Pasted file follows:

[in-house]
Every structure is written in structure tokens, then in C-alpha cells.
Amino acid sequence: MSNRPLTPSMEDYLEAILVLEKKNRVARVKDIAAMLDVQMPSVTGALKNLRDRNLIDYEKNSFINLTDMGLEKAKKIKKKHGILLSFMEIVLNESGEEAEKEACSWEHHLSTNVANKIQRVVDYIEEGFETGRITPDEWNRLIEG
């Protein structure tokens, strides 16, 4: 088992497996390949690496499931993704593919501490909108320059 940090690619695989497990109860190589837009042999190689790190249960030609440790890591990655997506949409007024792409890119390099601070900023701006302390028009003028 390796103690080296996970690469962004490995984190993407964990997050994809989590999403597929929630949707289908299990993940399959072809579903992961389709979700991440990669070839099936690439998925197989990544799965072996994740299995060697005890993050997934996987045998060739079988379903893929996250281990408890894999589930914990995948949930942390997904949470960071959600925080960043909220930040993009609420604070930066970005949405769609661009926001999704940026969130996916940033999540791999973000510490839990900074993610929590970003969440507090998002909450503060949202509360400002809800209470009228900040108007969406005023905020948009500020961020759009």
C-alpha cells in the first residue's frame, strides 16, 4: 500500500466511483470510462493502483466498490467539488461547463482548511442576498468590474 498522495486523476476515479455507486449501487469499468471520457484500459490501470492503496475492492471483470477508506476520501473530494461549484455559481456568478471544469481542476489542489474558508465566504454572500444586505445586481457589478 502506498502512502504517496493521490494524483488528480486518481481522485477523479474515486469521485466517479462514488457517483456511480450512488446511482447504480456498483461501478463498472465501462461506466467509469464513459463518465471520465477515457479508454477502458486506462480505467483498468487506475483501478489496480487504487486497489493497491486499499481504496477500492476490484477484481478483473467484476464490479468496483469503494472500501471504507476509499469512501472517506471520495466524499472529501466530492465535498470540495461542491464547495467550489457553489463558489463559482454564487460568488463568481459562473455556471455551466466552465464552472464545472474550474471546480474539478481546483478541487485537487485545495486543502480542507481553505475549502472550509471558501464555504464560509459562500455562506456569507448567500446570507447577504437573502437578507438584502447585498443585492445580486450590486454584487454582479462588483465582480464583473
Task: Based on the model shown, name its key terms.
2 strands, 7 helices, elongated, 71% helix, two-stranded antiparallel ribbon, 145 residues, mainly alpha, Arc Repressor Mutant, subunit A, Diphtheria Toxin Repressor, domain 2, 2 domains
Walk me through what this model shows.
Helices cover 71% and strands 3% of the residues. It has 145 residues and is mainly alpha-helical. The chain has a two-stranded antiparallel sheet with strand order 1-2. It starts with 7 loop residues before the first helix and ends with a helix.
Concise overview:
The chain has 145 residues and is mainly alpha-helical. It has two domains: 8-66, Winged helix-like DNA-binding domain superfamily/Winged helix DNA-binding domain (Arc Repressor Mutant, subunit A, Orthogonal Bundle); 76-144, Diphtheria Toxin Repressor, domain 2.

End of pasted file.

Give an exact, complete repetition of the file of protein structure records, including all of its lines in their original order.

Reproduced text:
[in-house]
Every structure is written in structure tokens, then in C-alpha cells.
Amino acid sequence: MSNRPLTPSMEDYLEAILVLEKKNRVARVKDIAAMLDVQMPSVTGALKNLRDRNLIDYEKNSFINLTDMGLEKAKKIKKKHGILLSFMEIVLNESGEEAEKEACSWEHHLSTNVANKIQRVVDYIEEGFETGRITPDEWNRLIEG
């Protein structure tokens, strides 16, 4: 088992497996390949690496499931993704593919501490909108320059 940090690619695989497990109860190589837009042999190689790190249960030609440790890591990655997506949409007024792409890119390099601070900023701006302390028009003028 390796103690080296996970690469962004490995984190993407964990997050994809989590999403597929929630949707289908299990993940399959072809579903992961389709979700991440990669070839099936690439998925197989990544799965072996994740299995060697005890993050997934996987045998060739079988379903893929996250281990408890894999589930914990995948949930942390997904949470960071959600925080960043909220930040993009609420604070930066970005949405769609661009926001999704940026969130996916940033999540791999973000510490839990900074993610929590970003969440507090998002909450503060949202509360400002809800209470009228900040108007969406005023905020948009500020961020759009």
C-alpha cells in the first residue's frame, strides 16, 4: 500500500466511483470510462493502483466498490467539488461547463482548511442576498468590474 498522495486523476476515479455507486449501487469499468471520457484500459490501470492503496475492492471483470477508506476520501473530494461549484455559481456568478471544469481542476489542489474558508465566504454572500444586505445586481457589478 502506498502512502504517496493521490494524483488528480486518481481522485477523479474515486469521485466517479462514488457517483456511480450512488446511482447504480456498483461501478463498472465501462461506466467509469464513459463518465471520465477515457479508454477502458486506462480505467483498468487506475483501478489496480487504487486497489493497491486499499481504496477500492476490484477484481478483473467484476464490479468496483469503494472500501471504507476509499469512501472517506471520495466524499472529501466530492465535498470540495461542491464547495467550489457553489463558489463559482454564487460568488463568481459562473455556471455551466466552465464552472464545472474550474471546480474539478481546483478541487485537487485545495486543502480542507481553505475549502472550509471558501464555504464560509459562500455562506456569507448567500446570507447577504437573502437578507438584502447585498443585492445580486450590486454584487454582479462588483465582480464583473
Task: Based on the model shown, name its key terms.
2 strands, 7 helices, elongated, 71% helix, two-stranded antiparallel ribbon, 145 residues, mainly alpha, Arc Repressor Mutant, subunit A, Diphtheria Toxin Repressor, domain 2, 2 domains
Walk me through what this model shows.
Helices cover 71% and strands 3% of the residues. It has 145 residues and is mainly alpha-helical. The chain has a two-stranded antiparallel sheet with strand order 1-2. It starts with 7 loop residues before the first helix and ends with a helix.
Concise overview:
The chain has 145 residues and is mainly alpha-helical. It has two domains: 8-66, Winged helix-like DNA-binding domain superfamily/Winged helix DNA-binding domain (Arc Repressor Mutant, subunit A, Orthogonal Bundle); 76-144, Diphtheria Toxin Repressor, domain 2.